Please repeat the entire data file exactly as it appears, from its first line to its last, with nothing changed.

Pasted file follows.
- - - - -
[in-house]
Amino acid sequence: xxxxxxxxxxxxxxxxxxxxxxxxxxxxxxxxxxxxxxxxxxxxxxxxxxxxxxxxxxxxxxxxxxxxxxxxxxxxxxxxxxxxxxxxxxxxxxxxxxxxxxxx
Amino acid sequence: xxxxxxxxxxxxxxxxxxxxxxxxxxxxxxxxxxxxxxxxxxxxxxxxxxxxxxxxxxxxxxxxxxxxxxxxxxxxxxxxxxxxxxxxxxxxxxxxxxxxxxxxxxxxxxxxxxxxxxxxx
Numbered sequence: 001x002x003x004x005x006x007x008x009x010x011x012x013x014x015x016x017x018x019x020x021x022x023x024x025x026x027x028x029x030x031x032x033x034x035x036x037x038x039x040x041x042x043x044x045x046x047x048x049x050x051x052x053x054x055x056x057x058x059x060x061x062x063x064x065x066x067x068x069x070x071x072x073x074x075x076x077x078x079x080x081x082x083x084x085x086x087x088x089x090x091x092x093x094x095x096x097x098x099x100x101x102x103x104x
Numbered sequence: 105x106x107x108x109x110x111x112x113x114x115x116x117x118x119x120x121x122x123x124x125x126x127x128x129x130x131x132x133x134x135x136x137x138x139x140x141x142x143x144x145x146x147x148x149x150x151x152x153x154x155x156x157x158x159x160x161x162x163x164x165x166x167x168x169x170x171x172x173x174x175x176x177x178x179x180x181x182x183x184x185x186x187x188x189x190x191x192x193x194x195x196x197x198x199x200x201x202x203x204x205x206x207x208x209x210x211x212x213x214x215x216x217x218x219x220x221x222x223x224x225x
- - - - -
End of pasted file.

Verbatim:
[in-house]
Amino acid sequence: xxxxxxxxxxxxxxxxxxxxxxxxxxxxxxxxxxxxxxxxxxxxxxxxxxxxxxxxxxxxxxxxxxxxxxxxxxxxxxxxxxxxxxxxxxxxxxxxxxxxxxxx
Amino acid sequence: xxxxxxxxxxxxxxxxxxxxxxxxxxxxxxxxxxxxxxxxxxxxxxxxxxxxxxxxxxxxxxxxxxxxxxxxxxxxxxxxxxxxxxxxxxxxxxxxxxxxxxxxxxxxxxxxxxxxxxxxx
Numbered sequence: 001x002x003x004x005x006x007x008x009x010x011x012x013x014x015x016x017x018x019x020x021x022x023x024x025x026x027x028x029x030x031x032x033x034x035x036x037x038x039x040x041x042x043x044x045x046x047x048x049x050x051x052x053x054x055x056x057x058x059x060x061x062x063x064x065x066x067x068x069x070x071x072x073x074x075x076x077x078x079x080x081x082x083x084x085x086x087x088x089x090x091x092x093x094x095x096x097x098x099x100x101x102x103x104x
Numbered sequence: 105x106x107x108x109x110x111x112x113x114x115x116x117x118x119x120x121x122x123x124x125x126x127x128x129x130x131x132x133x134x135x136x137x138x139x140x141x142x143x144x145x146x147x148x149x150x151x152x153x154x155x156x157x158x159x160x161x162x163x164x165x166x167x168x169x170x171x172x173x174x175x176x177x178x179x180x181x182x183x184x185x186x187x188x189x190x191x192x193x194x195x196x197x198x199x200x201x202x203x204x205x206x207x208x209x210x211x212x213x214x215x216x217x218x219x220x221x222x223x224x225x